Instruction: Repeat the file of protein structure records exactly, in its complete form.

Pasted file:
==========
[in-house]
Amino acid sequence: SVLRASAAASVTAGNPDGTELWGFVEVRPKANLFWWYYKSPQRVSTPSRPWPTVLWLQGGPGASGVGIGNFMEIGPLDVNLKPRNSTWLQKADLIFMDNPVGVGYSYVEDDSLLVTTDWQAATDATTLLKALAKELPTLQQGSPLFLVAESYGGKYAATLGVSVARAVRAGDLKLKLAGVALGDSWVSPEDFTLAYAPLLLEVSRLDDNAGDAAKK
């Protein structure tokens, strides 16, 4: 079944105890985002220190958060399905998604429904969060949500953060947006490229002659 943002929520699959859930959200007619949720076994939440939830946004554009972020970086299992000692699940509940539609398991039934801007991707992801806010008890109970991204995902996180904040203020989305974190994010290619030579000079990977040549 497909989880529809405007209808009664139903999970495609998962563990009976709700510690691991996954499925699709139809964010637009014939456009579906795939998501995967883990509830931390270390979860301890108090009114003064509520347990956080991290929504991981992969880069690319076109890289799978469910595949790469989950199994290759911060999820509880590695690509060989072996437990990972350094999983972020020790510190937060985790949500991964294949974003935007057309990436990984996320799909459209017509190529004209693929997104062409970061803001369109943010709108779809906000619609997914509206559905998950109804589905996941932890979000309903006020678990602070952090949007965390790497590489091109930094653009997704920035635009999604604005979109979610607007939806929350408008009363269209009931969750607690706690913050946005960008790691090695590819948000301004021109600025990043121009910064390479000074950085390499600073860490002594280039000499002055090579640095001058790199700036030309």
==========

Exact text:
[in-house]
Amino acid sequence: SVLRASAAASVTAGNPDGTELWGFVEVRPKANLFWWYYKSPQRVSTPSRPWPTVLWLQGGPGASGVGIGNFMEIGPLDVNLKPRNSTWLQKADLIFMDNPVGVGYSYVEDDSLLVTTDWQAATDATTLLKALAKELPTLQQGSPLFLVAESYGGKYAATLGVSVARAVRAGDLKLKLAGVALGDSWVSPEDFTLAYAPLLLEVSRLDDNAGDAAKK
């Protein structure tokens, strides 16, 4: 079944105890985002220190958060399905998604429904969060949500953060947006490229002659 943002929520699959859930959200007619949720076994939440939830946004554009972020970086299992000692699940509940539609398991039934801007991707992801806010008890109970991204995902996180904040203020989305974190994010290619030579000079990977040549 497909989880529809405007209808009664139903999970495609998962563990009976709700510690691991996954499925699709139809964010637009014939456009579906795939998501995967883990509830931390270390979860301890108090009114003064509520347990956080991290929504991981992969880069690319076109890289799978469910595949790469989950199994290759911060999820509880590695690509060989072996437990990972350094999983972020020790510190937060985790949500991964294949974003935007057309990436990984996320799909459209017509190529004209693929997104062409970061803001369109943010709108779809906000619609997914509206559905998950109804589905996941932890979000309903006020678990602070952090949007965390790497590489091109930094653009997704920035635009999604604005979109979610607007939806929350408008009363269209009931969750607690706690913050946005960008790691090695590819948000301004021109600025990043121009910064390479000074950085390499600073860490002594280039000499002055090579640095001058790199700036030309």